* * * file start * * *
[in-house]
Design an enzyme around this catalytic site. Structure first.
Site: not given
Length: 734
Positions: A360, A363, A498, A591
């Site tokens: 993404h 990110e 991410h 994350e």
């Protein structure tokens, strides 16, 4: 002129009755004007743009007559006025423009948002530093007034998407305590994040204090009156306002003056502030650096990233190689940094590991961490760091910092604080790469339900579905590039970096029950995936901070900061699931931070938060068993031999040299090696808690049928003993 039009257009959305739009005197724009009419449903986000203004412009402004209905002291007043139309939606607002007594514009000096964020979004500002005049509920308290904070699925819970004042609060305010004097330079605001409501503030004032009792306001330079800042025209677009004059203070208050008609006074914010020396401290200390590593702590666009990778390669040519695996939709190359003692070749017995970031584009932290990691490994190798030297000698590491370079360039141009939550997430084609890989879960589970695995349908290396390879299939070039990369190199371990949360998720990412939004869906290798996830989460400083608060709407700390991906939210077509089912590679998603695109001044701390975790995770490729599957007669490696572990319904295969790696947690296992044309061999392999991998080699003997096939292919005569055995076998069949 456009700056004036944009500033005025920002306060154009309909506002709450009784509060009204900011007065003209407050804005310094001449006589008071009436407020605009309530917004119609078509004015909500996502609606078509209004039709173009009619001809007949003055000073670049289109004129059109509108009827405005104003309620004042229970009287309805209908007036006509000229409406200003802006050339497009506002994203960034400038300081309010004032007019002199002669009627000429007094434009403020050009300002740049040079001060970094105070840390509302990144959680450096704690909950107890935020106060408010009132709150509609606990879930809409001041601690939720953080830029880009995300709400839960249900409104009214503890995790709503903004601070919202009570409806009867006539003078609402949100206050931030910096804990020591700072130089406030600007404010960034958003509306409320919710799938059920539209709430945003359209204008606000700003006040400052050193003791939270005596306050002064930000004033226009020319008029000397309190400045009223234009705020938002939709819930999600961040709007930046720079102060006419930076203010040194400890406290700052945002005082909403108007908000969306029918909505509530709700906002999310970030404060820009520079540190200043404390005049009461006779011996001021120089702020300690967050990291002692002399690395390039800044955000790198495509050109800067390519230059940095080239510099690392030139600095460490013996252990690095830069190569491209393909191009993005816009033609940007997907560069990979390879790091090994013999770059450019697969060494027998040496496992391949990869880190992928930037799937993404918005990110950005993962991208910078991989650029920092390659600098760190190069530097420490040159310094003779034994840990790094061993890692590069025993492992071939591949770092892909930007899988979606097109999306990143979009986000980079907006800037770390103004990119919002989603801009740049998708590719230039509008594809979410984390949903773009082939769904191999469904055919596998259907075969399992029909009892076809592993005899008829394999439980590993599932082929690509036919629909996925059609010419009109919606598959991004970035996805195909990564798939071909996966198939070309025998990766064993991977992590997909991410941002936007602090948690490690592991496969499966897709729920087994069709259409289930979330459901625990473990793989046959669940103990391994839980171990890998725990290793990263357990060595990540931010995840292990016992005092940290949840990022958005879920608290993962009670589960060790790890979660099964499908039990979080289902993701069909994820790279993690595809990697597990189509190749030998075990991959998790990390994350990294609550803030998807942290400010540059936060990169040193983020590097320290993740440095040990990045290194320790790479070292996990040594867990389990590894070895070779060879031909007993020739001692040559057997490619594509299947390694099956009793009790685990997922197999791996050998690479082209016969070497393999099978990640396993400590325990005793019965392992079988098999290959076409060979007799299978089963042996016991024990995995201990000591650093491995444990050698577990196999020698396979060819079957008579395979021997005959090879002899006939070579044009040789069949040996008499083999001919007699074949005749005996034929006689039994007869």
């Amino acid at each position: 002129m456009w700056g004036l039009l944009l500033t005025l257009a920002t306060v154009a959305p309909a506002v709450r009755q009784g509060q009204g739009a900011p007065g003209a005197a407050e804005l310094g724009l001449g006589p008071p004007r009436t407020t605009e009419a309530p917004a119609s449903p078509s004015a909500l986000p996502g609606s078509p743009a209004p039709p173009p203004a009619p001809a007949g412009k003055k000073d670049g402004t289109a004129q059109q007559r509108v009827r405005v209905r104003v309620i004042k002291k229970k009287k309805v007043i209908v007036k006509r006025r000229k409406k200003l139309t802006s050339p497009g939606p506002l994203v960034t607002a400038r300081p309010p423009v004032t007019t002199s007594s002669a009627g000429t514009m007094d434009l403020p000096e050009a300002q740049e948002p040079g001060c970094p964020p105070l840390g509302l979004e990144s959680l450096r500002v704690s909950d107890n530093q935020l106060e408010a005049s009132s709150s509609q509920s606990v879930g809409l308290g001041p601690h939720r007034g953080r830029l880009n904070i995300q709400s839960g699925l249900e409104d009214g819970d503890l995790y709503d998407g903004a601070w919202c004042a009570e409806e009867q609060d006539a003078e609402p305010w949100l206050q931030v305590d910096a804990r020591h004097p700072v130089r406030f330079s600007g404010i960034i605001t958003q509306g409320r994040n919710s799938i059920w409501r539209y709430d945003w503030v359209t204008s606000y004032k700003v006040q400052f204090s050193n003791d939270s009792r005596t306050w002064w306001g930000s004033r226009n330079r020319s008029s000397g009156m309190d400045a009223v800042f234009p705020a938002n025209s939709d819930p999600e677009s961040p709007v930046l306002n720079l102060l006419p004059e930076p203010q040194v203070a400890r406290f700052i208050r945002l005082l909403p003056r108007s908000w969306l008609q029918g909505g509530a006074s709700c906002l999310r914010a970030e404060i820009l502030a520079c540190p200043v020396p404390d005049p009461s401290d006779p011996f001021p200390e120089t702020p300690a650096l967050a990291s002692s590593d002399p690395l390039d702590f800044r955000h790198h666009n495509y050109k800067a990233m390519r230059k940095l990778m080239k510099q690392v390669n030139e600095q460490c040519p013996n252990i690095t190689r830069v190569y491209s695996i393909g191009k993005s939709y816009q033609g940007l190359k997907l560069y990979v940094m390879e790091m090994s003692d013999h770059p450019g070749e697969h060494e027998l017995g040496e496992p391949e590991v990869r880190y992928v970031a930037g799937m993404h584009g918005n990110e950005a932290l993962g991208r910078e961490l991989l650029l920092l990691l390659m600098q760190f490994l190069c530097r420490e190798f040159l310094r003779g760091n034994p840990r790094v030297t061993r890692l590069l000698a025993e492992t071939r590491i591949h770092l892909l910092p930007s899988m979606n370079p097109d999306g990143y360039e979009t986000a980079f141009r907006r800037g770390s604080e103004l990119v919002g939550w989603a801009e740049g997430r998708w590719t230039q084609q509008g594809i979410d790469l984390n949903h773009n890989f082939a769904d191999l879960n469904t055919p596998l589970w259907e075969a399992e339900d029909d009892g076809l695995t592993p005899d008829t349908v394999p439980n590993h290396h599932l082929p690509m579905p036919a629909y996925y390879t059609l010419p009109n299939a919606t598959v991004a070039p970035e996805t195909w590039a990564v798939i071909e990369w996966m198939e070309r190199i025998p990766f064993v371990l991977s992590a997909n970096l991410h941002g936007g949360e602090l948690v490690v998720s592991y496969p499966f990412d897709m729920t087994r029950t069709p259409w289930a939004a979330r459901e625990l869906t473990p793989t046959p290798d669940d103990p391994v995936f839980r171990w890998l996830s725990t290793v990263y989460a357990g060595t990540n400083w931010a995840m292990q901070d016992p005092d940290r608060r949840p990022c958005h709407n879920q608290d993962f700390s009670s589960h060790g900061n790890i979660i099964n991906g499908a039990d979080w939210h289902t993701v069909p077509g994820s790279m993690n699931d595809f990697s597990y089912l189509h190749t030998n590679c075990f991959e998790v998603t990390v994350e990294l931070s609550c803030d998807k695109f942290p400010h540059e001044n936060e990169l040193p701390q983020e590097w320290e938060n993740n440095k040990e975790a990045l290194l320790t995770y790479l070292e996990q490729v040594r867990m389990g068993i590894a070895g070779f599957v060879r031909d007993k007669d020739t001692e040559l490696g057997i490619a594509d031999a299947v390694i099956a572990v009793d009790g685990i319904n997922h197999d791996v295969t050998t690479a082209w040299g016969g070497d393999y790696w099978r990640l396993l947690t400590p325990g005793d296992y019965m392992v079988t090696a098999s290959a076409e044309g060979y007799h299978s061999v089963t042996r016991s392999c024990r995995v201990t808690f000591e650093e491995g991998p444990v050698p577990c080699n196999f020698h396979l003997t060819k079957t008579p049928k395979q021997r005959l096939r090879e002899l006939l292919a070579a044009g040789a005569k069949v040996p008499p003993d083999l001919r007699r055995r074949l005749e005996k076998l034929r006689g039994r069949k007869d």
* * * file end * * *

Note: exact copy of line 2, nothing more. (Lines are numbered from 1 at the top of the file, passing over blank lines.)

Design an enzyme around this catalytic site. Structure first.